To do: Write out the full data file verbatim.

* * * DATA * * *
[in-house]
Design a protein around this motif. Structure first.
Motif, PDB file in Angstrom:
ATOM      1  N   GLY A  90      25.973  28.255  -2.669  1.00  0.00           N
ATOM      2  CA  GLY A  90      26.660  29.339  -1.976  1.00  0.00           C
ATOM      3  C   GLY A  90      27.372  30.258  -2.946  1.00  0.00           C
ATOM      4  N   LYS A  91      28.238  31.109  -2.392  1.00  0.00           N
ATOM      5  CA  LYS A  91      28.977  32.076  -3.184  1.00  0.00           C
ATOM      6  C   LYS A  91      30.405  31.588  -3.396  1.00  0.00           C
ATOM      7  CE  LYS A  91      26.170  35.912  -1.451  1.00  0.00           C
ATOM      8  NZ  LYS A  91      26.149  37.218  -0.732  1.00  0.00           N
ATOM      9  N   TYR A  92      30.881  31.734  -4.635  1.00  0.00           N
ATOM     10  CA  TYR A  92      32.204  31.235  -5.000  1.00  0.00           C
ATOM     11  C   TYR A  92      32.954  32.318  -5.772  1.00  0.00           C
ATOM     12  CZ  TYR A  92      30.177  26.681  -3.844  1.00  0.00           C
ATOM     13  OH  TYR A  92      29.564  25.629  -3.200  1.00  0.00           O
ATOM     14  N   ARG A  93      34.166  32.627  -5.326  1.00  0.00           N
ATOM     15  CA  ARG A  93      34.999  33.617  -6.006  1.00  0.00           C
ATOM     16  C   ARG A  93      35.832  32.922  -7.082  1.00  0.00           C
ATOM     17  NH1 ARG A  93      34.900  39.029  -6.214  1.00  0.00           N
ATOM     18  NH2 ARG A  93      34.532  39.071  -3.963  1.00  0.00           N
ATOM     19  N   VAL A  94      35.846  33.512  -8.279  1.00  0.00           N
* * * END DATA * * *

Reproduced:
[in-house]
Design a protein around this motif. Structure first.
Motif, PDB file in Angstrom:
ATOM      1  N   GLY A  90      25.973  28.255  -2.669  1.00  0.00           N
ATOM      2  CA  GLY A  90      26.660  29.339  -1.976  1.00  0.00           C
ATOM      3  C   GLY A  90      27.372  30.258  -2.946  1.00  0.00           C
ATOM      4  N   LYS A  91      28.238  31.109  -2.392  1.00  0.00           N
ATOM      5  CA  LYS A  91      28.977  32.076  -3.184  1.00  0.00           C
ATOM      6  C   LYS A  91      30.405  31.588  -3.396  1.00  0.00           C
ATOM      7  CE  LYS A  91      26.170  35.912  -1.451  1.00  0.00           C
ATOM      8  NZ  LYS A  91      26.149  37.218  -0.732  1.00  0.00           N
ATOM      9  N   TYR A  92      30.881  31.734  -4.635  1.00  0.00           N
ATOM     10  CA  TYR A  92      32.204  31.235  -5.000  1.00  0.00           C
ATOM     11  C   TYR A  92      32.954  32.318  -5.772  1.00  0.00           C
ATOM     12  CZ  TYR A  92      30.177  26.681  -3.844  1.00  0.00           C
ATOM     13  OH  TYR A  92      29.564  25.629  -3.200  1.00  0.00           O
ATOM     14  N   ARG A  93      34.166  32.627  -5.326  1.00  0.00           N
ATOM     15  CA  ARG A  93      34.999  33.617  -6.006  1.00  0.00           C
ATOM     16  C   ARG A  93      35.832  32.922  -7.082  1.00  0.00           C
ATOM     17  NH1 ARG A  93      34.900  39.029  -6.214  1.00  0.00           N
ATOM     18  NH2 ARG A  93      34.532  39.071  -3.963  1.00  0.00           N
ATOM     19  N   VAL A  94      35.846  33.512  -8.279  1.00  0.00           N